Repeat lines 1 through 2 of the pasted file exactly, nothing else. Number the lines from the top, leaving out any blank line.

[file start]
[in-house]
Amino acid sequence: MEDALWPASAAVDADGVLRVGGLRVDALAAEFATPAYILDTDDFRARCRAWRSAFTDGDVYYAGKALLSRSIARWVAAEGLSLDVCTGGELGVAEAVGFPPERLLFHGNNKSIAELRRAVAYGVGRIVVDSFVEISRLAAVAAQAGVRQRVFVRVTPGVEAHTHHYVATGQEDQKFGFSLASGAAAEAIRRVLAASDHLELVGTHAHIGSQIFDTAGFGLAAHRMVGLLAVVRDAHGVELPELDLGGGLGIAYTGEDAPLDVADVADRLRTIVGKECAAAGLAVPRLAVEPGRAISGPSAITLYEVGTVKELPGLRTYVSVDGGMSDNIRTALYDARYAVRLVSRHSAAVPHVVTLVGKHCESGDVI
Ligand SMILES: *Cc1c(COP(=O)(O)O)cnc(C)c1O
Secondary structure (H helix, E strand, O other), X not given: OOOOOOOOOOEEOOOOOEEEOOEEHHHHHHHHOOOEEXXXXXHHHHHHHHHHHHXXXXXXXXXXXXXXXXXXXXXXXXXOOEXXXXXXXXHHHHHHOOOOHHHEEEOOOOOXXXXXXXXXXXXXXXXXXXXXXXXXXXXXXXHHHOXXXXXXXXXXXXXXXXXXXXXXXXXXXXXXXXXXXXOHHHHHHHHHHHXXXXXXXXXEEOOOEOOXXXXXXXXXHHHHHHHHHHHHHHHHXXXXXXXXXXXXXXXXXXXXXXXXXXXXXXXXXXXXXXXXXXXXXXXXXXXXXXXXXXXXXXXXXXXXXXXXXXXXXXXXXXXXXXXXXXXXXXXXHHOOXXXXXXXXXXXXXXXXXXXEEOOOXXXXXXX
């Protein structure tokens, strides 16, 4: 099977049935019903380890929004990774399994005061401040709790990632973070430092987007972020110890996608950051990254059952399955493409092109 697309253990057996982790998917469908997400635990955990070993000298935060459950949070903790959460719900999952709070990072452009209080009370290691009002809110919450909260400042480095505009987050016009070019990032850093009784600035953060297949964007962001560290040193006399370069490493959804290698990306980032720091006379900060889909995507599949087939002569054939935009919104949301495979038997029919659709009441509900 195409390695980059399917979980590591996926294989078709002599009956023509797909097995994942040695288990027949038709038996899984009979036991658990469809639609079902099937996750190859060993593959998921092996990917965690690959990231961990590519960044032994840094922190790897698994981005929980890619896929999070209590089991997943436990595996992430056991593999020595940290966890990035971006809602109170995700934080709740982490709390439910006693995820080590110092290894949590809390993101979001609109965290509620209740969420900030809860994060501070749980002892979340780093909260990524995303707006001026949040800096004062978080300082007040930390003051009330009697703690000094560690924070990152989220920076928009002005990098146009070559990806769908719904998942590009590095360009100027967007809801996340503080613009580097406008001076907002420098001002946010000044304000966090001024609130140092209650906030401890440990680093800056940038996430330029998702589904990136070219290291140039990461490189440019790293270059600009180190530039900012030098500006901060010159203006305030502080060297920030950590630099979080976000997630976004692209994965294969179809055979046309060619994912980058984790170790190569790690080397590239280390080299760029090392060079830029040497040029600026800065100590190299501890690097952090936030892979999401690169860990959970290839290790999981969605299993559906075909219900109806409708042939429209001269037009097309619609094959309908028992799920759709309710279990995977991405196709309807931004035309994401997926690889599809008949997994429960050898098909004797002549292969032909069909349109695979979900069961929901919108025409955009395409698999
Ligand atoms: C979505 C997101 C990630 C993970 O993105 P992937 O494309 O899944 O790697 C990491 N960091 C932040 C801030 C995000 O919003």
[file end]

[in-house]
Amino acid sequence: MEDALWPASAAVDADGVLRVGGLRVDALAAEFATPAYILDTDDFRARCRAWRSAFTDGDVYYAGKALLSRSIARWVAAEGLSLDVCTGGELGVAEAVGFPPERLLFHGNNKSIAELRRAVAYGVGRIVVDSFVEISRLAAVAAQAGVRQRVFVRVTPGVEAHTHHYVATGQEDQKFGFSLASGAAAEAIRRVLAASDHLELVGTHAHIGSQIFDTAGFGLAAHRMVGLLAVVRDAHGVELPELDLGGGLGIAYTGEDAPLDVADVADRLRTIVGKECAAAGLAVPRLAVEPGRAISGPSAITLYEVGTVKELPGLRTYVSVDGGMSDNIRTALYDARYAVRLVSRHSAAVPHVVTLVGKHCESGDVI